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I've been reading on neural networks, but for me, seems like the easiest way for me to learn is seeing some code. I am curious about what is the exact structure within a node of a hidden layer and the areas of customization?

From what I have gathered, each node receives some inputs (either features of your original data or outputs from the previous layer). The first step is, we form a linear combination of the inputs with coefficients in the node. Here's my first few questions:

  • For a NODE within a layer, if we have p inputs, we would multiply a 1xp coefficient matrix with a px1 input vector, correct?
  • In practice, for that LAYER, we would multiply a mxp coefficient matrix by a px1 input vector, where m is the number of nodes within that layer?
  • If we have a bias term, then it would be a mx(p+1) coefficient matrix and a (p+1)x1 input vector?
  • In terms of customization, for most out of the box NNs, do we choose to have a bias term or not? Or for the most part, it automatically includes one.
  • In terms of customization, this combination of inputs is always linear? There are no other ways to combine the inputs (such as including polynomials, interaction terms, etc...)

After we have generated a scalar via the linear combination, the second step is we feed that value to our "activation function" which is most often a non-linear function like ReLU. Here obviously the customizable aspect is the choice of "activation" function.

  • For each node within the same hidden layer, are the activation functions usually the same, or differ among each node?
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  • $\begingroup$ I am sorry, but I need to close this post because you are asking too many questions. Please, ask only one question per post, even if they are somehow related. If you have multiple questions, ask them in their separate post. Have a look at ai.stackexchange.com/help/on-topic. $\endgroup$ – nbro Sep 9 at 10:19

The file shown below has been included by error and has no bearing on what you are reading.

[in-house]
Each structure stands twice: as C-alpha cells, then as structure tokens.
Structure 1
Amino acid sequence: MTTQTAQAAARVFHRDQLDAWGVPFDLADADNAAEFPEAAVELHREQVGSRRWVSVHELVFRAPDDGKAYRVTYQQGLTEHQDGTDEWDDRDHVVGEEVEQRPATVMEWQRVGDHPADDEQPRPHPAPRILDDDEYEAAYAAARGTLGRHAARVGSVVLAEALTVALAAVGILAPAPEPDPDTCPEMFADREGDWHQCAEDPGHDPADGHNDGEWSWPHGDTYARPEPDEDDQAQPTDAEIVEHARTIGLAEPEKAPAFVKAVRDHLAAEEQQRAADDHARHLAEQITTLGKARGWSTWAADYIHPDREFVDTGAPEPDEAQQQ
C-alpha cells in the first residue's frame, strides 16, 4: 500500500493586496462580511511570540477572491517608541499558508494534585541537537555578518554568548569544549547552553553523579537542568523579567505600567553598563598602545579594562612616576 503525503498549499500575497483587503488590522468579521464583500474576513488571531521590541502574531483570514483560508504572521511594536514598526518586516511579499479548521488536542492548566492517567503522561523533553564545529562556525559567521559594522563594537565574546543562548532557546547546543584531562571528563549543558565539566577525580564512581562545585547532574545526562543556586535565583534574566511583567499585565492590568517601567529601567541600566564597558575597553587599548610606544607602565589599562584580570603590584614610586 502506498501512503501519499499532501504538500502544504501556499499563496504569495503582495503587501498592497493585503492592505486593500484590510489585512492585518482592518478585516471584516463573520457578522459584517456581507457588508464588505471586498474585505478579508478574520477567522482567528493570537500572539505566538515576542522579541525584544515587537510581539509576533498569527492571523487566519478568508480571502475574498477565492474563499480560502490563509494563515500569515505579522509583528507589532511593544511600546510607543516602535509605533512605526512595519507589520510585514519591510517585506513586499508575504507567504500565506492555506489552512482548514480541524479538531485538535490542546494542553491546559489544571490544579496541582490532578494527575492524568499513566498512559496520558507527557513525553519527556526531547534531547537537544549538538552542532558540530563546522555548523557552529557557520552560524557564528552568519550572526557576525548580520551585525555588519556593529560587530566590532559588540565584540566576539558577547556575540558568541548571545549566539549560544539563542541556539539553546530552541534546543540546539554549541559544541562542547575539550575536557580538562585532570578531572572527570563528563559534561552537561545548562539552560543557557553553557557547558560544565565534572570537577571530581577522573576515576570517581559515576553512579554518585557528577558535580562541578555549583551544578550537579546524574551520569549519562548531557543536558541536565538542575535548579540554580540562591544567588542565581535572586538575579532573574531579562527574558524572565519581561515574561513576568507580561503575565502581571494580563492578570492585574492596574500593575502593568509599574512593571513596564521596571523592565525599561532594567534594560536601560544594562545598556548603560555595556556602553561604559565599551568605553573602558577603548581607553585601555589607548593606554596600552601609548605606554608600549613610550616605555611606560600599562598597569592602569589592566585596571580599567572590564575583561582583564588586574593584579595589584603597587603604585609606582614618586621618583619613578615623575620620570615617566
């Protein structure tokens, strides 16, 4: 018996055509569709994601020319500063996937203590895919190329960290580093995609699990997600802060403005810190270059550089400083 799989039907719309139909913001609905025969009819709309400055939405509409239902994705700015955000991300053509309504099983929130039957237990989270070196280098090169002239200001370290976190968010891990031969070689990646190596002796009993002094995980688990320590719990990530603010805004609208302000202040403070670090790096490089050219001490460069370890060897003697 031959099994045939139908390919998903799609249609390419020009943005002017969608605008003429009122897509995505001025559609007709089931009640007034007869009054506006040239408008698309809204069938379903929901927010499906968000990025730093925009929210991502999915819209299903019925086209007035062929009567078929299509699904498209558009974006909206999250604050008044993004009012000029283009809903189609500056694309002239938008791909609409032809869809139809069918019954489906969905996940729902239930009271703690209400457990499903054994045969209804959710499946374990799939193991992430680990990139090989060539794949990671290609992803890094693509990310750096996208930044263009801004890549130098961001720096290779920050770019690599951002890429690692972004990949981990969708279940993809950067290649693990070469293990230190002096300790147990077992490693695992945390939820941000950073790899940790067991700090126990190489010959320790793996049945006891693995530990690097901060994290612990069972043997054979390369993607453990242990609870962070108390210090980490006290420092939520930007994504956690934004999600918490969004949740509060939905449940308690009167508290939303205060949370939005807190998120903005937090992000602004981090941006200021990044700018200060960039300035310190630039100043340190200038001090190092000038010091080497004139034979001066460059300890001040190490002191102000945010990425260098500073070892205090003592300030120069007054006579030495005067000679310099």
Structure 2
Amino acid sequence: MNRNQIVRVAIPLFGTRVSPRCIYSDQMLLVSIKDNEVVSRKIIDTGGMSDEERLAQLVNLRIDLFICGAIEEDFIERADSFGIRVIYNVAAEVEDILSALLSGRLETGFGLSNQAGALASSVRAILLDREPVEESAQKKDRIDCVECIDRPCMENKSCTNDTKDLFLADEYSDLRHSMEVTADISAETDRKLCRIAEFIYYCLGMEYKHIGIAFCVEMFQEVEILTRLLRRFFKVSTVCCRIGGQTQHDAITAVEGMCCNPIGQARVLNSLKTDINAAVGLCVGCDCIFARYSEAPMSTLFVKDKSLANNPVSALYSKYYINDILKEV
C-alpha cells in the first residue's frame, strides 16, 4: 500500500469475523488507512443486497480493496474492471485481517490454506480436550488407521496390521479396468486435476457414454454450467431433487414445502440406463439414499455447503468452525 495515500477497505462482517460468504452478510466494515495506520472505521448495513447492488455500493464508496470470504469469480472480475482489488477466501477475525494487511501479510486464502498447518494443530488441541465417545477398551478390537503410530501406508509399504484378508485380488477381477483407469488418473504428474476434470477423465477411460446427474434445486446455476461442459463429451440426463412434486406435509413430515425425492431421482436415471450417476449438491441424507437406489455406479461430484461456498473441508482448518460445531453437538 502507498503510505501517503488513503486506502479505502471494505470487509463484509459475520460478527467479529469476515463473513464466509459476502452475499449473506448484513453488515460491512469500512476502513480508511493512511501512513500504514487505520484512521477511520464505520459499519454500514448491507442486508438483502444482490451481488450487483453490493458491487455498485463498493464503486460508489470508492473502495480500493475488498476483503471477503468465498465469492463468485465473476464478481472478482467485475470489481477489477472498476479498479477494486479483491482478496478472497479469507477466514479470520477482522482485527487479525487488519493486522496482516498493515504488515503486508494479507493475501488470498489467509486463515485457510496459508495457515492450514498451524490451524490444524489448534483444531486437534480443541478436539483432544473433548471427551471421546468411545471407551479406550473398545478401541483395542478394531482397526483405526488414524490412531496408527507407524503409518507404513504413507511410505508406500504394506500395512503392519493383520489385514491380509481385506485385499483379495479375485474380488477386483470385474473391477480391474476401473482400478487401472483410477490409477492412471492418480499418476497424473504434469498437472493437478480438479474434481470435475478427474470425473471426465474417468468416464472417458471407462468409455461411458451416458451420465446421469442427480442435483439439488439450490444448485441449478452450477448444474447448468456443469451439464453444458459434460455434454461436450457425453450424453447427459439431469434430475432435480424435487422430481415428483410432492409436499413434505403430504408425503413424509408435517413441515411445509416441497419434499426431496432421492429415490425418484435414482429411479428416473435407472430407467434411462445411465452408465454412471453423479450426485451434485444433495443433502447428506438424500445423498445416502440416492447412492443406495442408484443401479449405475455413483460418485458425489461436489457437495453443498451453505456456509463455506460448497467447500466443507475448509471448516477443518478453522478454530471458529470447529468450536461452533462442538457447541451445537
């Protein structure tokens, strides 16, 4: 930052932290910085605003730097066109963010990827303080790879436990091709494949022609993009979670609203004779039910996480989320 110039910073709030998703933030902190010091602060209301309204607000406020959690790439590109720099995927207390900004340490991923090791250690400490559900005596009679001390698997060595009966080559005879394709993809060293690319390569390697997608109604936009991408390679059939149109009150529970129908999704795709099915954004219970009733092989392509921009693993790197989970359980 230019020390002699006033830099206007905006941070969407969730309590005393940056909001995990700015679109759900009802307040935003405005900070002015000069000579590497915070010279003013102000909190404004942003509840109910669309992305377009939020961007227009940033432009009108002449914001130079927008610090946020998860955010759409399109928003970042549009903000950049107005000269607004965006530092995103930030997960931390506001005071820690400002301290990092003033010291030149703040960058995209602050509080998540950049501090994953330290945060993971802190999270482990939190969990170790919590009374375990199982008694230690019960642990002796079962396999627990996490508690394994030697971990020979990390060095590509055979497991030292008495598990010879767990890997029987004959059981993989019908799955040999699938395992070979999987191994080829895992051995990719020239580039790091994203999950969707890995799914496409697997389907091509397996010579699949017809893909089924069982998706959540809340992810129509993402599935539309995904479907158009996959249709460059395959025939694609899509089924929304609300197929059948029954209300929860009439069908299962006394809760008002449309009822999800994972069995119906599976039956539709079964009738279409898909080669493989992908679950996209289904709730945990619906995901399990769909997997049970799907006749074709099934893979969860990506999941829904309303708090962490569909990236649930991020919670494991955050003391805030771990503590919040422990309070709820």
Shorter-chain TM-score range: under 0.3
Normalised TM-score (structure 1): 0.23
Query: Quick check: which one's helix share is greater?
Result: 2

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Let's go part-by-part.

For a NODE within a layer, if we have p inputs, we would multiply a 1xp coefficient matrix with a px1 input vector, correct?

In practice, for that LAYER, we would multiply a mxp coefficient matrix by a px1 input vector, where m is the number of nodes within that layer?

These two are correct. No issues here. The only differences may be in implementation, the logic here is sound.

If we have a bias term, then it would be a mx(p+1) coefficient matrix and a (p+1)x1 input vector?

This is correct. Intuitively, it is analogous to "offest" term in the equation of a line, y = mx + c. c here plays the same role as the bias.

In terms of customization, for most out of the box NNs, do we choose to have a bias term or not? Or for the most part, it automatically includes one.

Most out-of-the box NN include a bias term by default, since they do provide flexibility to the network, no matter how small. Practically, their utility varies with architecture and application. For example, Feed Forward networks have a good boost in performance with biases when used for regression. CNNs used for classification usually aren't affected much if biases are removed.

In terms of customization, this combination of inputs is always linear? There are no other ways to combine the inputs (such as including polynomials, interaction terms, etc...)

Non-linear combinations are definately possible. But using such combinations basically kills the purpose of ANNs - to have simple stacked operations approximate a complex function. Non-linear combinations may help in rare cases, but more often than not, will probably lead to underfit or overfit models. By convention, any non-linearity is introduced into the model on top of the linear combination, as the activation function.

For each node within the same hidden layer, are the activation functions usually the same, or differ among each node?

Conventionally, all nodes in the same layer have the same activation. This makes vectorization easy, and ultimately doesn't really affect preformance. Instead of varying activations of individual neurons, complex architectures use parallel layers having different activations but with the same inputs. Usually, all stacked layers in models share the same activations, except maybe the last layer and in some cases, the penultimate layer.

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